Clatter is a small village in Montgomeryshire, located in the community of Caersws and lies on the main A470 road between Carno and Caersws village, some six miles west-north-west of Newtown. Within the former Clatter Primary School is a simple marble memorial plaque which commemorates the three former pupils of the school who fell during the Great War.

The Great War, 1914-1918

John Davies, Private, 55393, Royal Welsh Fusiliers. John was the son of David and Elizabeth Davies, of Llwydcoed, Llanwnog, Caersws. He enlisted at Newtown into the Royal Welsh Fusiliers and was drafted to France in the summer of 1916-17, joining the 19th Battalion, Royal Welsh Fusiliers. The battalion was attached to 119 Brigade, 40th (Bantam) Division and had been on the Western Front since June 1916. Late in 1916 the Division moved south to the Somme, and fought at the Battle of the Ancre, before remaining in the sector over the winter. In March 1917 the Germans withdrew to their shortened line, called the Hindenburg Line, and the 40th Division was among the units which followed the withdrawal. Later in the year the Division took part in the Battle of Cambrai and launched an attack on Bourlon Wood on 23 November 1917. The attack was carried out by 119 Brigade, led by the 12th SWB and 19th RWF. The 17th Welsh was in support for the initial assault, but was soon ordered to advance, to support the two attacking battalions. Heavy fighting raged within the wood over the coming days, with the 18th Welsh also being thrown forwards into the fight, and the Division suffered terribly. John was wounded during the fighting for Bourlon Wood and was evacuated to a nearby Casualty Clearing Station where he died of his wounds on 26 November 1917. The 22-year-old is buried in Rocquigny-Equancourt Road British Cemetery, Manancourt, France.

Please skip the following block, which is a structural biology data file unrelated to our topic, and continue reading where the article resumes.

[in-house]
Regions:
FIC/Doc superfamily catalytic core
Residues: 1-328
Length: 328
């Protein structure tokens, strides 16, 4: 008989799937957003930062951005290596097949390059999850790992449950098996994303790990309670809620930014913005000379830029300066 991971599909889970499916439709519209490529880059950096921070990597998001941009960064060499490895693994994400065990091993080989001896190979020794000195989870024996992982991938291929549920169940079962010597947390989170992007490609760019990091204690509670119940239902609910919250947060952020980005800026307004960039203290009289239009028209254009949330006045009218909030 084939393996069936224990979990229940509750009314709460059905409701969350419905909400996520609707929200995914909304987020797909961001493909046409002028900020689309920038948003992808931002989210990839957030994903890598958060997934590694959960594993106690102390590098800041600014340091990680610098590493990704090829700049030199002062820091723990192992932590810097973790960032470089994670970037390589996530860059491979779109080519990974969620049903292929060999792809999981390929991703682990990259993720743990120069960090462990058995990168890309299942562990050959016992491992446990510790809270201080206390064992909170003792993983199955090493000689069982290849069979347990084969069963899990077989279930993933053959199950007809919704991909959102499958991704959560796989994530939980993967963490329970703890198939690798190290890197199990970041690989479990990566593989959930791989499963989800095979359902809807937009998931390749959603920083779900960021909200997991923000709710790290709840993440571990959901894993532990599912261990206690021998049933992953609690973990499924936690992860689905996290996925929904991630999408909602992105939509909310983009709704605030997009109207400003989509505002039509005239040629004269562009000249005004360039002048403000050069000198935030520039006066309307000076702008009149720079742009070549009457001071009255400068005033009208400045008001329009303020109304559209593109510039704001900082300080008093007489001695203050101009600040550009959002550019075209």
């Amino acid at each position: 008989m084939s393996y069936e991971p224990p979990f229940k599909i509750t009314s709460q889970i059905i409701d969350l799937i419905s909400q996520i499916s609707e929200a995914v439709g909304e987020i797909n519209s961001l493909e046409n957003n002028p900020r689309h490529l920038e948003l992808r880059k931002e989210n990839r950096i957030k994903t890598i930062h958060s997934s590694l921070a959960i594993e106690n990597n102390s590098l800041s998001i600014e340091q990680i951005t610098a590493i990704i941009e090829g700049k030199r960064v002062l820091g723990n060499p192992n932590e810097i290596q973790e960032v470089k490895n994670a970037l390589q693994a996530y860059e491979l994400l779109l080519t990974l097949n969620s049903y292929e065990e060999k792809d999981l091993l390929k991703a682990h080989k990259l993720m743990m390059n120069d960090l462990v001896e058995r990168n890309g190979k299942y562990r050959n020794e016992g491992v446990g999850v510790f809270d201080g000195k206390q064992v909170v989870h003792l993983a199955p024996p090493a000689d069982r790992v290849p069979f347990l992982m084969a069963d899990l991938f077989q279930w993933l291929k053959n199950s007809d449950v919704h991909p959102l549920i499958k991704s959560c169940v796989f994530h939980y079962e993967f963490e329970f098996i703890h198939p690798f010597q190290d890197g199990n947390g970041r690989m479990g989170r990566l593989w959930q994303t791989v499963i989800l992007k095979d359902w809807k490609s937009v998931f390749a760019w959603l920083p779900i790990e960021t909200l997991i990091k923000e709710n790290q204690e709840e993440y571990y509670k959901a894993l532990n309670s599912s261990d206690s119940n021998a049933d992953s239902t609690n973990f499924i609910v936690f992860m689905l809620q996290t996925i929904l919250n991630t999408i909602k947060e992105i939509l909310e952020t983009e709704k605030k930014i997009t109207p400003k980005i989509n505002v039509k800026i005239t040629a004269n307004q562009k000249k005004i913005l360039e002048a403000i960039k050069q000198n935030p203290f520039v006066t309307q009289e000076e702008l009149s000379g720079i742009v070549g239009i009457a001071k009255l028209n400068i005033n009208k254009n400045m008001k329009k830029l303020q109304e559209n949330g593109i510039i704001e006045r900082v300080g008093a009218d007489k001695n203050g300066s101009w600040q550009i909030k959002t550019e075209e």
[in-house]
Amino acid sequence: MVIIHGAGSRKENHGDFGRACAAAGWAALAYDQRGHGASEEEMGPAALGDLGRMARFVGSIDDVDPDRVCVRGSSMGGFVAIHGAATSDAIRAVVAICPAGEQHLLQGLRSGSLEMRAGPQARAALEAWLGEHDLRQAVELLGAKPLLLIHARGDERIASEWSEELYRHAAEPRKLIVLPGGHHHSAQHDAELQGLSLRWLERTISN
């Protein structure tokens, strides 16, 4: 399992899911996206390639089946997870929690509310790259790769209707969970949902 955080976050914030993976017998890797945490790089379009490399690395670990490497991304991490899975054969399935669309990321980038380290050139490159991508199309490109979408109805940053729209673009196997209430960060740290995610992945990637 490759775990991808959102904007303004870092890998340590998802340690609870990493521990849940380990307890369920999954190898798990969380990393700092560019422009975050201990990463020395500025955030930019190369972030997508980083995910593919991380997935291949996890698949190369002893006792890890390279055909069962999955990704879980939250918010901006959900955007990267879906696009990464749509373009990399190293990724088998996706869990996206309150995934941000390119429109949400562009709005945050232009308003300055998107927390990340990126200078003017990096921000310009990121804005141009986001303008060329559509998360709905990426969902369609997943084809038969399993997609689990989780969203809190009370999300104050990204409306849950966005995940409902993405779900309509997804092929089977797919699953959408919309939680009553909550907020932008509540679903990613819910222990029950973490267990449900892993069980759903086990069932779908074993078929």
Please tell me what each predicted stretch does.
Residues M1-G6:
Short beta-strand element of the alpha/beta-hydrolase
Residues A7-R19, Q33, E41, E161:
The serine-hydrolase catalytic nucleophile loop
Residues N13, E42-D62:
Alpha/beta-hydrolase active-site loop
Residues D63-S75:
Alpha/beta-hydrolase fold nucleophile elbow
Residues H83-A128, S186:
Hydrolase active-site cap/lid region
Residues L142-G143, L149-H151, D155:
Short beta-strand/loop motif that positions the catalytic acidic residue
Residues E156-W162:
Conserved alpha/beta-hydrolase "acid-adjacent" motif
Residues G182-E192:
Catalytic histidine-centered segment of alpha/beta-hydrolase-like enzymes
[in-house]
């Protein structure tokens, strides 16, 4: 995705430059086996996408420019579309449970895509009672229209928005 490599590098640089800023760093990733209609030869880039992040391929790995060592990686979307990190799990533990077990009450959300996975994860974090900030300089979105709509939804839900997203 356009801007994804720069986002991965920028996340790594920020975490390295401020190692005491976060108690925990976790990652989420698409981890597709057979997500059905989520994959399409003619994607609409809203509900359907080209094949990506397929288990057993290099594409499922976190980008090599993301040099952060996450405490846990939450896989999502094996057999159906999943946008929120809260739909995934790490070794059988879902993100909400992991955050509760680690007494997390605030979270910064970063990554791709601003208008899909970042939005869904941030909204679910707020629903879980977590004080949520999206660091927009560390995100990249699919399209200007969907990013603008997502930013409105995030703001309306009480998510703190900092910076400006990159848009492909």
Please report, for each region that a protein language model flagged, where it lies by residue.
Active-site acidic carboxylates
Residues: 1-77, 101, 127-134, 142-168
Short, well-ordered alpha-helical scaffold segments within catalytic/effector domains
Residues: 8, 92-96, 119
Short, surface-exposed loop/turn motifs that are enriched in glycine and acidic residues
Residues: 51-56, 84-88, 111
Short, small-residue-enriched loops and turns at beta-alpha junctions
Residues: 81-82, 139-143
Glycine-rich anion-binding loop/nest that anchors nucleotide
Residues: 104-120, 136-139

Hugh Evans, Private, 55201, Royal Welsh Fusiliers. Hugh was the son of Richard and Elizabeth Evans, of Cerrigybrain, Caersws. He enlisted at Welshpool into the Montgomeryshire Yeomanry, but in the winter of 1916-17 was drafted to France, joining the 2nd Battalion, Royal Welsh Fusiliers, which was on the Somme attached to 19 Brigade, 33rd Division. During the coming weeks the 2nd RWF received several drafts of reinforcements, and on 8 December the now fully rebuilt battalion moved to new positions at Suzanne, between Bapaume and Péronne. The Division remained in this sector over the coming months, before being transferred to the Arras sector, and reached Henin by 13 April, before the Division took over a section of front line facing the Hindenburg Line. The infantry battalions of the division then began the usual routines of rotating between the front-line, support and reserve trenches and the 2nd RWF took over a position known as Tunnel Trench. On 23 April the 2nd RWF took part in a costly assault on the Hindenburg Line, suffering heavy casualties. The battered battalion then moved to a rest camp at Basseux to rebuild, and by 15 May moved back into the line in the Croisilles Sector. The Division then carried out several assaults against the Hindenburg Line. On 22 April the 2nd RWF moved into the front line, to support the 1/4th Suffolk’s in another assault on the Hindenburg Line. The Suffolk’s launched their assault on the following morning, 24 April 1917 but became held up some 200 yards short of their objectives. C Company of the 2nd RWF followed the assault and began bombing their way forwards. Hugh was killed in action during the ferocious fighting that day. The 23-year-old is buried in Wancourt British Cemetery, France.

Emlyn Jones, Private, 993, Royal Welsh Fusiliers. Emlyn was the son of William and Jane Jones, of Glynawel, Caersws. He enlisted at Newtown into the 7th Battalion, Royal Welsh Fusiliers several years prior to the war. The battalion was a Territorial unit, which mobilised for war at Newtown in August 1914, as part of North Wales Brigade, Welsh Division and moved to Conway until the end of the month, before moving to Northampton. In December the Division moved to Cambridge, where it carried on training. Emlyn took ill two months after arriving in Cambridge and was taken to the East General Hospital at Cambridge, where he died of meningitis on 13 February 1915. The remains of the 18-year-old were brought home and he was buried in Shiloh Methodist Chapelyard, Llanwnog.